Voters were up in arms over the presence of a private vehicle parked at Chemchem polling station, prompting some of them to search it in case it carried unauthorised ballot boxes only to find Sh6.2 million kept in it.
A Chama cha Demokrasia na Maendeleo (Chadema) cadre whose name could not be immediately established, however, melted away with the cash, as other voters believed the money was meant for bribing political party agents in an attempt to solicit them to entertain rigging.
But assistant returning officer with Imbaseny Ward in Arumeru East Jefferson Mwangura said National Electoral Commission (NEC) in the constituency had hired the privately owned Toyota Land Cruiser for its activities.
He explained that the Sh6,160,000 found in the vehicle belonging to a private firm known as Enong’oto was meant for paying assistant returning officers, clerks and other NEC officials in Arumeru East constituency.
“It’s surprising to see the Chadema cadre disappear with the cash, he was supposed to wait for police officers to arrive in case he thinks it is illegal,” he lamented.
Outgoing lawmaker for the constituency Joshua Nassari also condemned the incident, saying it was against the law and that NEC officials were supposed to be paid before or after voting.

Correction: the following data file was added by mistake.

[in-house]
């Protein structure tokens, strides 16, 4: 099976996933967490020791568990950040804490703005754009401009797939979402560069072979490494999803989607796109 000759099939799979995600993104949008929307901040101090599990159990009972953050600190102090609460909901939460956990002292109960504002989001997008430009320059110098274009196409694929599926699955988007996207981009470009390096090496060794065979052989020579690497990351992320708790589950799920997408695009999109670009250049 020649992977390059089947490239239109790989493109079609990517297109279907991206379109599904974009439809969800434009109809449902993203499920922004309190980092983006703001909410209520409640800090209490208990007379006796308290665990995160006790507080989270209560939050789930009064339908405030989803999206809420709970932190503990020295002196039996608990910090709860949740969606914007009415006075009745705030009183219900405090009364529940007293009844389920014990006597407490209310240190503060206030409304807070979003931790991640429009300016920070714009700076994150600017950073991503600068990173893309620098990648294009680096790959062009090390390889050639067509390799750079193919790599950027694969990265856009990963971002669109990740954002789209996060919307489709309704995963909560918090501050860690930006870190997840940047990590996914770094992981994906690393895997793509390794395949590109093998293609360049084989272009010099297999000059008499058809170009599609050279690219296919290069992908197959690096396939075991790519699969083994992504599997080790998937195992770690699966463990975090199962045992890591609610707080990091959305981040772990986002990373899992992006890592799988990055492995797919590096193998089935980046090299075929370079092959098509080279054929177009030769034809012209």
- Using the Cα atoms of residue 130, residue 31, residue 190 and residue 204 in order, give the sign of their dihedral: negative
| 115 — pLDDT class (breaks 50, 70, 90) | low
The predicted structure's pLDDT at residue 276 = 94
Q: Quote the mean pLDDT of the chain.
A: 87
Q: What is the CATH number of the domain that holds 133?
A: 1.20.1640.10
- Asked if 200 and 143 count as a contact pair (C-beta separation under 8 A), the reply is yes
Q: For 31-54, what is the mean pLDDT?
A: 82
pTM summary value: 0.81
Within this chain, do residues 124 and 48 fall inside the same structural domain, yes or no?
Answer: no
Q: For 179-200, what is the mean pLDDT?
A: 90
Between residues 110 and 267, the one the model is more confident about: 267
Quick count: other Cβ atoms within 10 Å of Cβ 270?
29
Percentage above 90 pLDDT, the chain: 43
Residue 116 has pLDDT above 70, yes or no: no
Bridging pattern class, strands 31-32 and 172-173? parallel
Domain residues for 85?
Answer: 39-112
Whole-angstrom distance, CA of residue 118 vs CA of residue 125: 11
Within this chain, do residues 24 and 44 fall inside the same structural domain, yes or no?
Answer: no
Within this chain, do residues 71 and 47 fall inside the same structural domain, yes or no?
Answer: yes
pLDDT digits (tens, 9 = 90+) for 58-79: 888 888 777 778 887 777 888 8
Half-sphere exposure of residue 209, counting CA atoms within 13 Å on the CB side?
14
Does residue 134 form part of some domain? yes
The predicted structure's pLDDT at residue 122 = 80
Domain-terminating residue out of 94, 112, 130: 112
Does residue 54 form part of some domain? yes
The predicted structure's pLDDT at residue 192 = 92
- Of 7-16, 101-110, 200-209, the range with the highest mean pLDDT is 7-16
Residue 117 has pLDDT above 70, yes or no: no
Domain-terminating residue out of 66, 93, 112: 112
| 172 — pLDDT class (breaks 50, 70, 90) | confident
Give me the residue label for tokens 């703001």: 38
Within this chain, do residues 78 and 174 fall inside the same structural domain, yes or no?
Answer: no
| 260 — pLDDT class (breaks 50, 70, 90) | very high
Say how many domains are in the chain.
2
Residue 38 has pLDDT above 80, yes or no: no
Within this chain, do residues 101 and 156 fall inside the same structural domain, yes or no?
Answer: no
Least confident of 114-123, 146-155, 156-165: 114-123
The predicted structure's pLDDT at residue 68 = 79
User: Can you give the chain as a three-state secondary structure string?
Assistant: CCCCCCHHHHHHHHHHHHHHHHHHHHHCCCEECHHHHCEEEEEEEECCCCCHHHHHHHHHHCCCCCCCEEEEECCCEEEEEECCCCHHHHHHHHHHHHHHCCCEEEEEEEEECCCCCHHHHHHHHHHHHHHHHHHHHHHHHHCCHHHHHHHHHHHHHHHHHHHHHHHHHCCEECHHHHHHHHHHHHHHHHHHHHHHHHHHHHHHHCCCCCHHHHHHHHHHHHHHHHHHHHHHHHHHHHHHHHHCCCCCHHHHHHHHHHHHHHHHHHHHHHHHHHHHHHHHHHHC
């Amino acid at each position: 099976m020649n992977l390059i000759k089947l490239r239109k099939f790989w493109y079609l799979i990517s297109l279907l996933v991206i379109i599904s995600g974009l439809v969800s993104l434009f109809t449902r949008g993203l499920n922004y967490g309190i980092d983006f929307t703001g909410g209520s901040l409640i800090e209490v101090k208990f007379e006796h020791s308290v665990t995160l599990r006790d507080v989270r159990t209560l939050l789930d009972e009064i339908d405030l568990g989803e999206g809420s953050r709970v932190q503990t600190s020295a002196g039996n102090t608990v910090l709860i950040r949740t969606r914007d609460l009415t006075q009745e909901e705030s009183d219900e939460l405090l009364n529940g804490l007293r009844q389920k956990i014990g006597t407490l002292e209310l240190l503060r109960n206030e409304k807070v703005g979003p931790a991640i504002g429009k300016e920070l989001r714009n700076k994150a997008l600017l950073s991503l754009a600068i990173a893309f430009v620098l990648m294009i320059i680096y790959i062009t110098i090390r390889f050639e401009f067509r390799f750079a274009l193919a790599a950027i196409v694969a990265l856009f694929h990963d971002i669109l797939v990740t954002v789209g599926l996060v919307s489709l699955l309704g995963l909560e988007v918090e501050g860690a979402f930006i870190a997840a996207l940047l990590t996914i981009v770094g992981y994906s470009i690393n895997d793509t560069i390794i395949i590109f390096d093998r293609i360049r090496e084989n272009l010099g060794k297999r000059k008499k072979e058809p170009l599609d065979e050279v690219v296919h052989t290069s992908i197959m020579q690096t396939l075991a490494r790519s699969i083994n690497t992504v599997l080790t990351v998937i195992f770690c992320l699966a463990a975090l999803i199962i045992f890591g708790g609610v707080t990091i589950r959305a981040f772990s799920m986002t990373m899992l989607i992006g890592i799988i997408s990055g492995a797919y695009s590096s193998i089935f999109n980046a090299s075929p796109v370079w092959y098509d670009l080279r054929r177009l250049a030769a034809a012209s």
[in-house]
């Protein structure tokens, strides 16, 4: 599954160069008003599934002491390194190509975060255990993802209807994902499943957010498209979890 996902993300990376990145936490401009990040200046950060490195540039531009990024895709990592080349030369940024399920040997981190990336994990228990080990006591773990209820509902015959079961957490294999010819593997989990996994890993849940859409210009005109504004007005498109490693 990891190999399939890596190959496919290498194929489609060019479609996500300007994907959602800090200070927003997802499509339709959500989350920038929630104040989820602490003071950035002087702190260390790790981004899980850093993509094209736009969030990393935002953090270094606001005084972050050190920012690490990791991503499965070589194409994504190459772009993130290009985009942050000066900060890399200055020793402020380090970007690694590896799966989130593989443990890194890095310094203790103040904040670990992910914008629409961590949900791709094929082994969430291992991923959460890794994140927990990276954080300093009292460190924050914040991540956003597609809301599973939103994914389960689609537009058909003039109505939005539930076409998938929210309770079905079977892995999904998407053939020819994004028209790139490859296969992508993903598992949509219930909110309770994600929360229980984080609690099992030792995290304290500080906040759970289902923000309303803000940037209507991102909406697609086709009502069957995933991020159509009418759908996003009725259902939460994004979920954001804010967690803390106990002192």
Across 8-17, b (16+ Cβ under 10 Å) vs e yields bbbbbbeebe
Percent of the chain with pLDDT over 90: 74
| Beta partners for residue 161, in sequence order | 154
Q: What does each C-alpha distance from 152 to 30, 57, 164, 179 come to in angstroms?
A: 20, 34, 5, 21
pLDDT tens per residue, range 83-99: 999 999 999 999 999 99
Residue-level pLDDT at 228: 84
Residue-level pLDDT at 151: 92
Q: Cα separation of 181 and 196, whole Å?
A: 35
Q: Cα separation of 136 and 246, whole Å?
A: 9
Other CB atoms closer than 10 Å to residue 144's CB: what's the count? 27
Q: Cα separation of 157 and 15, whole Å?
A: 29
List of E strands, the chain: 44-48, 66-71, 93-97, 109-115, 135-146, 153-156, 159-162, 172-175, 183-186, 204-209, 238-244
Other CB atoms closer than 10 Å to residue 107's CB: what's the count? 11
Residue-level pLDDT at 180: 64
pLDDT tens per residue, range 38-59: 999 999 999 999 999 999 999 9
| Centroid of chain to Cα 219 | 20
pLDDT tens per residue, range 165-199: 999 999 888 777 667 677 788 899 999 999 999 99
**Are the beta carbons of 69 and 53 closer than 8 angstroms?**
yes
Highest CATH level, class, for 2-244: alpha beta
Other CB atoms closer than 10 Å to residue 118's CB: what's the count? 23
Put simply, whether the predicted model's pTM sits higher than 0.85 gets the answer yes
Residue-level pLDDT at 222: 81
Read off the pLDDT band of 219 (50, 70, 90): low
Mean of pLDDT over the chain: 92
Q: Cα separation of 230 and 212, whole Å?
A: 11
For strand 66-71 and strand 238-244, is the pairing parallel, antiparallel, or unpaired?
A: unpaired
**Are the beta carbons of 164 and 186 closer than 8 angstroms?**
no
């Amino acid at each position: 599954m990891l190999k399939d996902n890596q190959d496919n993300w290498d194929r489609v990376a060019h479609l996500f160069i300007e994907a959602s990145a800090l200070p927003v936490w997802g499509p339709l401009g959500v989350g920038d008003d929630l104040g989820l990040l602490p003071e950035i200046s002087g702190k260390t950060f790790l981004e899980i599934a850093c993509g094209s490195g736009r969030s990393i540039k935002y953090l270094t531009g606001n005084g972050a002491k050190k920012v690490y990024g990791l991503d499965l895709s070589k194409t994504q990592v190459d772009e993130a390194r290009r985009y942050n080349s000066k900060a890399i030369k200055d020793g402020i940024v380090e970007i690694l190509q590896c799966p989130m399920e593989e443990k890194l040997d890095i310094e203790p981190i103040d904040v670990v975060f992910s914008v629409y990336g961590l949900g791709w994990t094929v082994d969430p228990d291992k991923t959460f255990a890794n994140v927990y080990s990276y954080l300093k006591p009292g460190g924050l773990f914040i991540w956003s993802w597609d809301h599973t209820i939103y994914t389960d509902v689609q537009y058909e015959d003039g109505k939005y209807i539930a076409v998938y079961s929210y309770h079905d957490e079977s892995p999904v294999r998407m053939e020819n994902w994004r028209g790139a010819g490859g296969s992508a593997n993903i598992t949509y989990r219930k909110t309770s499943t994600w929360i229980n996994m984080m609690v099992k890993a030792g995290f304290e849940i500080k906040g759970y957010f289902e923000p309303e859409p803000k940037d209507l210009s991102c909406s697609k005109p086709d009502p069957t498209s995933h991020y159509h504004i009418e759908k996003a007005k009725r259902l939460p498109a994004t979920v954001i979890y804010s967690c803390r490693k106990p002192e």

“I commend whoever has snatched and disappeared with the cash, what was it doing at the polling station at that point in time,” he queried, stressing that he would also think it was intended for bribing either the NEC officials or voters.
Arumeru East returning officer Damari Mchome, who doubles as Arumeru District Council acting director, admitted that she was aware of the presence of the disputed vehicle and the money at the polling station.
“The money did not belong to political party agents, but rather to 28 assistant returning officers,” said Mchome, adding that the geography of the constituency compelled the electoral body to pay the officials at their workplaces.
She said the vehicle was one of 25 others NEC in the constituency had hired to facilitate its activities, admitting that ignorance on the procedure of hiring the vehicle among voters was a recipe for trouble.